What is peritoneal cancer?
The peritoneum is a thin tissue that lines the inside wall of the abdomen and covers the uterus, bladder and rectum. It produces fluid to help organs move smoothly inside the abdomen.
Normally, cells in the body will grow and divide to replace old or damaged cells. This growth is usually precise. Once enough cells are produced to replace the old ones, normal cells stop dividing. Tumors occur when there is an error and cells continue to grow uncontrollably. With peritoneal cancer, a tumor develops from this tissue’s epithelial cells (cells that enclose parts of the body). Primary peritoneal cancer begins in the peritoneum. But secondary peritoneal cancer begins in another organ or place in the body and spreads into the peritoneum. Secondary peritoneal cancer is more common.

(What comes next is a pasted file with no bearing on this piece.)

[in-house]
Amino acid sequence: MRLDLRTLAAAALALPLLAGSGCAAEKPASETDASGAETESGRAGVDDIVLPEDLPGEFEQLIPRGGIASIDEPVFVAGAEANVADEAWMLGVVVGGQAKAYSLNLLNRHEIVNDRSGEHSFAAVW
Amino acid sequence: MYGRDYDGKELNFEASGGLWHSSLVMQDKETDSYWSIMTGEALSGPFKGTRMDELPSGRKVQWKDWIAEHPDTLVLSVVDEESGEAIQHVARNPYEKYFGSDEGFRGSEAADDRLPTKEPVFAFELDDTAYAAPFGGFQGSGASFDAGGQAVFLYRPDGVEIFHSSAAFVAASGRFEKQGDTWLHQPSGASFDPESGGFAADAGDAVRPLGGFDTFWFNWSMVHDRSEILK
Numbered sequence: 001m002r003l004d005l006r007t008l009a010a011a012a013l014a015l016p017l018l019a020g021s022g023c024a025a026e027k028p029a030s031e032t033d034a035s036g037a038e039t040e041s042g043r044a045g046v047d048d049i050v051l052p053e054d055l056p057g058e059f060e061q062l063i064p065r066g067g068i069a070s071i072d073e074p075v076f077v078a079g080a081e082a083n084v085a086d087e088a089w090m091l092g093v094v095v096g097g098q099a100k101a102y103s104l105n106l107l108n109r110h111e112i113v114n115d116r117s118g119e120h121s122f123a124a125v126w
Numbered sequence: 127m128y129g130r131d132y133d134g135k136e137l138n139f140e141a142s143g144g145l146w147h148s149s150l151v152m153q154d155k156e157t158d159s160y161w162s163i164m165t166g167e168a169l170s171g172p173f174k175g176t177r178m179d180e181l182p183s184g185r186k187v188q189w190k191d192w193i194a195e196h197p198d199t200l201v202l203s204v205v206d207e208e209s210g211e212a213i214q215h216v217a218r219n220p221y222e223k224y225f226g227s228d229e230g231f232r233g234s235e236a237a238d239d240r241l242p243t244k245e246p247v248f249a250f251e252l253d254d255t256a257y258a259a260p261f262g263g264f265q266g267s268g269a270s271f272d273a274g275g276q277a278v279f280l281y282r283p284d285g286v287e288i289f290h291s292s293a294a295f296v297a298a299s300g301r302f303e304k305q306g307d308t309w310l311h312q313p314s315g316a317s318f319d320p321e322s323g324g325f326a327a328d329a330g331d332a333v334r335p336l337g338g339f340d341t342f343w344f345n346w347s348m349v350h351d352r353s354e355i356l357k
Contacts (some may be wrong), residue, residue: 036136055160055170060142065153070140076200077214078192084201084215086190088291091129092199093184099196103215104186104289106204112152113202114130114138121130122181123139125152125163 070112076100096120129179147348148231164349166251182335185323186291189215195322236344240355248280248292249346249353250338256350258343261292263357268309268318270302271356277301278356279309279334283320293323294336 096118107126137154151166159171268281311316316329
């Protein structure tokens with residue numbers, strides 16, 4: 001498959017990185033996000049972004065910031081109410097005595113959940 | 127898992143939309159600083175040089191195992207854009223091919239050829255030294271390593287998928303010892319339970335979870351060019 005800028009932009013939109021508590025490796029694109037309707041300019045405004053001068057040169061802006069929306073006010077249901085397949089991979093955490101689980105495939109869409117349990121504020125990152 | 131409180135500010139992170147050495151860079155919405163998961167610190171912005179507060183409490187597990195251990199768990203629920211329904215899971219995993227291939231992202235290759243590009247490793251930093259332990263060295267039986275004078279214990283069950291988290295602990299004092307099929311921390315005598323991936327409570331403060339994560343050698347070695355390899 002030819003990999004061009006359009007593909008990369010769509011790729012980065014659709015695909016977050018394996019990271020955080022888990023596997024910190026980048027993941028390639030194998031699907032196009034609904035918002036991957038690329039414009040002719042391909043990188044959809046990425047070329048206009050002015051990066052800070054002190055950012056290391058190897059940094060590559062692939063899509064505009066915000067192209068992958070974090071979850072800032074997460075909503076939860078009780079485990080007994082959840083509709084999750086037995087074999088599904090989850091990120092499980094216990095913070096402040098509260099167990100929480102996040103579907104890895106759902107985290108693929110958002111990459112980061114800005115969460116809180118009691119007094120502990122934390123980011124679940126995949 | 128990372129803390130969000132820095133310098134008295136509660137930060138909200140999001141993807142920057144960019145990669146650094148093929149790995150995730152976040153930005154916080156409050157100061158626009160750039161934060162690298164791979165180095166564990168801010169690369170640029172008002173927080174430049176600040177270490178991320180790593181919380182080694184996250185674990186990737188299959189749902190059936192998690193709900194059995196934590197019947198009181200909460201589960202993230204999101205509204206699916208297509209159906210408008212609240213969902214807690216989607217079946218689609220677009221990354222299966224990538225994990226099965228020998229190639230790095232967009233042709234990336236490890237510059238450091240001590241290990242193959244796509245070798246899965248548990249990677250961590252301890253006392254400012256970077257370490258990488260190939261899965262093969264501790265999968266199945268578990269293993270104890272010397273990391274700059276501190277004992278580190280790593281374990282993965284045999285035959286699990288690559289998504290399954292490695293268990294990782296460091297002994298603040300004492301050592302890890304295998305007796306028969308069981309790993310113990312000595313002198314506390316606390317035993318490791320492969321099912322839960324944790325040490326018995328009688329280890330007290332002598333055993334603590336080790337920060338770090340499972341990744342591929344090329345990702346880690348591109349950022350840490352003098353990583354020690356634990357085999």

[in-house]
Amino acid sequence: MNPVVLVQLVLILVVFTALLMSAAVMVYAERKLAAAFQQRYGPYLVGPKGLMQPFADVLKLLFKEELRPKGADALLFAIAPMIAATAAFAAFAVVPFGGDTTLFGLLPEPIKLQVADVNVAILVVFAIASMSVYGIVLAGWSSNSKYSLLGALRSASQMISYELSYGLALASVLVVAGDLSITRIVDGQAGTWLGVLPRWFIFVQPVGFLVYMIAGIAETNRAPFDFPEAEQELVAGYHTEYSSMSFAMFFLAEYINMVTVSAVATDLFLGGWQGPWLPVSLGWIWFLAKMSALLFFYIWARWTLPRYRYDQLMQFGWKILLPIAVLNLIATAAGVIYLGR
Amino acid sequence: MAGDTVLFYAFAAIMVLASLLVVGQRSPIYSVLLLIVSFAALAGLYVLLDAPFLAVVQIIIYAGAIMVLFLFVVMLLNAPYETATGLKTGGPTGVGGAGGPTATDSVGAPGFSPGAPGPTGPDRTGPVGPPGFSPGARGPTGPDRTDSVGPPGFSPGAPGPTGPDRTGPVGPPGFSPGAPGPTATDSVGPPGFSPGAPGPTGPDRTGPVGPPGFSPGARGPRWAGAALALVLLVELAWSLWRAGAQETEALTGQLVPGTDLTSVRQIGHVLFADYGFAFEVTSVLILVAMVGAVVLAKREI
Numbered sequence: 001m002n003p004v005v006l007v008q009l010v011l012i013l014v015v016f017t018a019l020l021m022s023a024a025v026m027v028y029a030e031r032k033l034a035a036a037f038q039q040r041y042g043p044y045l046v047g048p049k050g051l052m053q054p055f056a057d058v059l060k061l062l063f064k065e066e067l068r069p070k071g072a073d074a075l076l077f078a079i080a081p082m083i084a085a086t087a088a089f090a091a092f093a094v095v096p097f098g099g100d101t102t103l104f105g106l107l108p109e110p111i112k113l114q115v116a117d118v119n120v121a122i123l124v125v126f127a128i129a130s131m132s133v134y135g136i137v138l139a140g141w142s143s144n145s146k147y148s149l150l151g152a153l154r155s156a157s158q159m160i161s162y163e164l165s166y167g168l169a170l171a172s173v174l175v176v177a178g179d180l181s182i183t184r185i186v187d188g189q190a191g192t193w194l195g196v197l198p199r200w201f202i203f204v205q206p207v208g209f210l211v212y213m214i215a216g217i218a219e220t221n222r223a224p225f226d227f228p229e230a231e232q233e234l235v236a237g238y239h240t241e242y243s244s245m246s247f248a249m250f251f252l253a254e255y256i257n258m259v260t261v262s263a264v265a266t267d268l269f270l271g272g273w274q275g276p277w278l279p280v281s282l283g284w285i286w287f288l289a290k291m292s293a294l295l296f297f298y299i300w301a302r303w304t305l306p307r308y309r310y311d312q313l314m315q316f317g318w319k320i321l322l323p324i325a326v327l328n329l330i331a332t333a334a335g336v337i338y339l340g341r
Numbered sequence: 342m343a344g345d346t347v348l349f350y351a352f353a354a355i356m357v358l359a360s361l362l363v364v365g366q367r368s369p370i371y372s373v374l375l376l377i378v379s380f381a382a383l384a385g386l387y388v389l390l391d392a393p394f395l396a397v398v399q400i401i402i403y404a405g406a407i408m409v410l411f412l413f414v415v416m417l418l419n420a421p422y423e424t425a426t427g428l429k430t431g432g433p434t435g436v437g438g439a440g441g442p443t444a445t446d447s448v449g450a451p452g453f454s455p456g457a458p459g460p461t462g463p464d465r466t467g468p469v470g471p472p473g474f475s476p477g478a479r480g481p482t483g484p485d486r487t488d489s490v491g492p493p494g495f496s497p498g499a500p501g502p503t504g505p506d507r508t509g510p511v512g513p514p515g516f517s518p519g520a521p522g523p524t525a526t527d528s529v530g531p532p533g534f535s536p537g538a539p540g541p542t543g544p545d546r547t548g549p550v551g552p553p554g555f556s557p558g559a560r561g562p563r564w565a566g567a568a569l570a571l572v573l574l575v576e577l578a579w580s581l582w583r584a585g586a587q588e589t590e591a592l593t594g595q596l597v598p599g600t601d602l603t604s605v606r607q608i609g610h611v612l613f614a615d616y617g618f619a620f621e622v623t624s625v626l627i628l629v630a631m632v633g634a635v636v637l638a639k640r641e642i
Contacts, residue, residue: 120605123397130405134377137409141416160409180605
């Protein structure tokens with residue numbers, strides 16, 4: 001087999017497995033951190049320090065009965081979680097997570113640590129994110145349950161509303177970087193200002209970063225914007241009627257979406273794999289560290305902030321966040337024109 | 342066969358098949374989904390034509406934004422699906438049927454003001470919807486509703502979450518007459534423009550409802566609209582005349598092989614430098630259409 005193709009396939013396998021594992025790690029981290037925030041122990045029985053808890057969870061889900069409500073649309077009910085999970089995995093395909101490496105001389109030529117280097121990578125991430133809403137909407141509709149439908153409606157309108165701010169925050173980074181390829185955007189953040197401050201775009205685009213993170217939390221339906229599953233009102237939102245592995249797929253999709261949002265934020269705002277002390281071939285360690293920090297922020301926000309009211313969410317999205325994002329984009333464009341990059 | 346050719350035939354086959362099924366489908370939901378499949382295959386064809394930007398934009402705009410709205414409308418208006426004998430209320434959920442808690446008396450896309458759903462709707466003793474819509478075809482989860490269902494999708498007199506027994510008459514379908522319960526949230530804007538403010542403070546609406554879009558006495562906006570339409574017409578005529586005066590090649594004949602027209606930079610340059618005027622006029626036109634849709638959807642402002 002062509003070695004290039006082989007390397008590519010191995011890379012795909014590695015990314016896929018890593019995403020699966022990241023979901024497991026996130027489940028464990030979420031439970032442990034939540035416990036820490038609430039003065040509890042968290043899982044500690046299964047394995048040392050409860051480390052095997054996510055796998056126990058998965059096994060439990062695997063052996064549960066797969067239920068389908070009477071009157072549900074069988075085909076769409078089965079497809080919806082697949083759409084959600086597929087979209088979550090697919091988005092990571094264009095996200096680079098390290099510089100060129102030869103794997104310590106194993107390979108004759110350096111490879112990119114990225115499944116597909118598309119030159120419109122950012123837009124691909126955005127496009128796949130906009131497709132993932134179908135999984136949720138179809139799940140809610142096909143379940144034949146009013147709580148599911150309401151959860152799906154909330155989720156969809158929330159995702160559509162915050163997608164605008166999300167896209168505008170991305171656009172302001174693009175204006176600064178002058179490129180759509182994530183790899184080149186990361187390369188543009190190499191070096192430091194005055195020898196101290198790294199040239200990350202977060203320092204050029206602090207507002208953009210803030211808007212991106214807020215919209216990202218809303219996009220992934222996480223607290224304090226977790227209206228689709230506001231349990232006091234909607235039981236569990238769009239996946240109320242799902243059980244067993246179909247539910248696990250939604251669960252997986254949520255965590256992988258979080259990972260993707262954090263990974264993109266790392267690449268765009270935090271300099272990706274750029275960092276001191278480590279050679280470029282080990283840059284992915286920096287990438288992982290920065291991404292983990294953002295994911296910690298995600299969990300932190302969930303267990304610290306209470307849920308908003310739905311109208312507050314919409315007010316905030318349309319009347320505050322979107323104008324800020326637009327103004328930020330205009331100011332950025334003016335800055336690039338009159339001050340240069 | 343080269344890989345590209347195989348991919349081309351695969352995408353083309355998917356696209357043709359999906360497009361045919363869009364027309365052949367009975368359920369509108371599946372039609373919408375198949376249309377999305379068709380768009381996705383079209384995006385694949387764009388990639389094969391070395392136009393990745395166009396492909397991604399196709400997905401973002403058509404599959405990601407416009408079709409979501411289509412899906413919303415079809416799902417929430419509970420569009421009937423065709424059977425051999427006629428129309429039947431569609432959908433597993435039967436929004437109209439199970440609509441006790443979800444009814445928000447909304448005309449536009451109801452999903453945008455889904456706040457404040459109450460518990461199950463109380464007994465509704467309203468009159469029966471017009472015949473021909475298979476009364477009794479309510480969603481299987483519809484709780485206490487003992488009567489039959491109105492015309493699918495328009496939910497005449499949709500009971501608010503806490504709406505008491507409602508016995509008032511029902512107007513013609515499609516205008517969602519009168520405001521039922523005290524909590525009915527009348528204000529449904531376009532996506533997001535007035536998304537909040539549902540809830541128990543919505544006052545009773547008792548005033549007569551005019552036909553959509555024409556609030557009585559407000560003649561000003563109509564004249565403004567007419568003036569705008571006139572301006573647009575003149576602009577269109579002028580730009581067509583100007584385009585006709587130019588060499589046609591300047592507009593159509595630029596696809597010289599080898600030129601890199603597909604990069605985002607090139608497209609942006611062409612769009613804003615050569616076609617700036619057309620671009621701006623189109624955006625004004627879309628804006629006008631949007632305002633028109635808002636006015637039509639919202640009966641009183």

Primary peritoneal cancer is more common in women and can act like ovarian cancer, produce similar symptoms and is often treated in the same way. Since its symptoms often go undetected, peritoneal cancer is usually diagnosed at a later stage. Successful treatment of this rare cancer depends on age, stage and location of cancer and other factors.
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